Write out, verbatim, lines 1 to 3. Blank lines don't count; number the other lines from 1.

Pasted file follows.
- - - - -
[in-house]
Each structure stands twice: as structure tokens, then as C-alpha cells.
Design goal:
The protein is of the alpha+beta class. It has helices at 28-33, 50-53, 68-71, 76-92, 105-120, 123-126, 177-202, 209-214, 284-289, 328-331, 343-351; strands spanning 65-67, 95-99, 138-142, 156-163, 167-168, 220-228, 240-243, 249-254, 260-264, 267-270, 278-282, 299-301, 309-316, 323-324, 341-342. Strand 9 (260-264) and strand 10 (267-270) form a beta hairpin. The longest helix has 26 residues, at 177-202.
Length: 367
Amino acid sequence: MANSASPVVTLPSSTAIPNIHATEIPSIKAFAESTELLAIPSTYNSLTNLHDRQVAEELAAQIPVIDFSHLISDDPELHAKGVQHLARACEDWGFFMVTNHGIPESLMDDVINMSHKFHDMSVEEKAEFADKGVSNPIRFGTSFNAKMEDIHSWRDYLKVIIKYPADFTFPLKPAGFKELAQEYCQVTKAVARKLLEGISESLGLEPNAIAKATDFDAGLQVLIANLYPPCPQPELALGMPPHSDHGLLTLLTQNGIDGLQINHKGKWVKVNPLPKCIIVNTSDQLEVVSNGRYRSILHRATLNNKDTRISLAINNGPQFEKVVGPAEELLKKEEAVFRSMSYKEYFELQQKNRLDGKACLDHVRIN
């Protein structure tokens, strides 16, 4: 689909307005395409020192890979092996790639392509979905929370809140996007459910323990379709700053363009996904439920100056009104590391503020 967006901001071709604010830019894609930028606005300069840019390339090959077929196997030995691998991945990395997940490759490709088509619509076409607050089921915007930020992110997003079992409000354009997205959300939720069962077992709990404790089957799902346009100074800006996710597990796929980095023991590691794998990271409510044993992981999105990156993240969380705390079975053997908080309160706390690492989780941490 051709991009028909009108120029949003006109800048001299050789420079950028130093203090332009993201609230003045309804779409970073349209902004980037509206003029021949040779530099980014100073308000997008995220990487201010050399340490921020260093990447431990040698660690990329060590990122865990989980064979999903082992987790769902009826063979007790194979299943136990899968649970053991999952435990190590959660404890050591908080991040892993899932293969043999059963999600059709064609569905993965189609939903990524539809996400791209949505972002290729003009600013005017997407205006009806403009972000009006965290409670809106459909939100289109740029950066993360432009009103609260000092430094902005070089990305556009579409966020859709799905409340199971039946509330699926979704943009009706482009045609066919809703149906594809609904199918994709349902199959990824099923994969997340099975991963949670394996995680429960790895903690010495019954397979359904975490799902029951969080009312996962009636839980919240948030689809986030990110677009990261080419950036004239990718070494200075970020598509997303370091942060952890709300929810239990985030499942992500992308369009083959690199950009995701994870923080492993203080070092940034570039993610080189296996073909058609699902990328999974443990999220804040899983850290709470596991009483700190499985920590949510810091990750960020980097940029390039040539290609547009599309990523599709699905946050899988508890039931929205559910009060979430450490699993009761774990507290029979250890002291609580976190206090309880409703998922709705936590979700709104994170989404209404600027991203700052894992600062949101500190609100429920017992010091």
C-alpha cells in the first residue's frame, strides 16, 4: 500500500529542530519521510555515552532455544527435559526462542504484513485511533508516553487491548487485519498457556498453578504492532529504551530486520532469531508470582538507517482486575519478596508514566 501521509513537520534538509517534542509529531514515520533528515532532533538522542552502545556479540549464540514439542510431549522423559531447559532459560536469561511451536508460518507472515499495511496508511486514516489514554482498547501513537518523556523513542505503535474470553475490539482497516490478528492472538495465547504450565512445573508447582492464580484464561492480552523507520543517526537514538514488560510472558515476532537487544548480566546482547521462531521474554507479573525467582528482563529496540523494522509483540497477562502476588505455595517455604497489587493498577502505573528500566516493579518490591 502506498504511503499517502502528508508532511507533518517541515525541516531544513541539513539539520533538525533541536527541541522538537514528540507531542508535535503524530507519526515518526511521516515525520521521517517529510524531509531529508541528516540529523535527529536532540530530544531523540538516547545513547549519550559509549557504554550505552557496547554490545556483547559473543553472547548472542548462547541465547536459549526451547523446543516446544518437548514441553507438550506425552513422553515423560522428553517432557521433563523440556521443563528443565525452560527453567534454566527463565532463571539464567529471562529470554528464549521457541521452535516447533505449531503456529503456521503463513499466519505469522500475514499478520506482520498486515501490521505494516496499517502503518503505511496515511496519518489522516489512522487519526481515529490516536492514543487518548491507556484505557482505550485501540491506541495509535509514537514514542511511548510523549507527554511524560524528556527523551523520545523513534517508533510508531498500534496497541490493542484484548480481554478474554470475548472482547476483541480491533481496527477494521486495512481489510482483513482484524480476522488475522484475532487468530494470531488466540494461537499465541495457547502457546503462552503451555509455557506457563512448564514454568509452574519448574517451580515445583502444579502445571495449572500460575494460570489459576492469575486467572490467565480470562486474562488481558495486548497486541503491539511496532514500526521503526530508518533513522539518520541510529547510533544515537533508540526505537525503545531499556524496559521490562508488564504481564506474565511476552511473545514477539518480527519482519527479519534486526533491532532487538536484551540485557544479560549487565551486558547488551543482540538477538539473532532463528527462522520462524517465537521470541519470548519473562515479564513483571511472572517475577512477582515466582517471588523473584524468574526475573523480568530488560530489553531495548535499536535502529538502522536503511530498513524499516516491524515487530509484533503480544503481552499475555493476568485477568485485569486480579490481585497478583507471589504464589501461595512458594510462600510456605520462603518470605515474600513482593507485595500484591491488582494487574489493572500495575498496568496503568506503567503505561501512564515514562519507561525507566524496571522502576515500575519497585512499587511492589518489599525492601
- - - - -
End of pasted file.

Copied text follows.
[in-house]
Each structure stands twice: as structure tokens, then as C-alpha cells.
Design goal: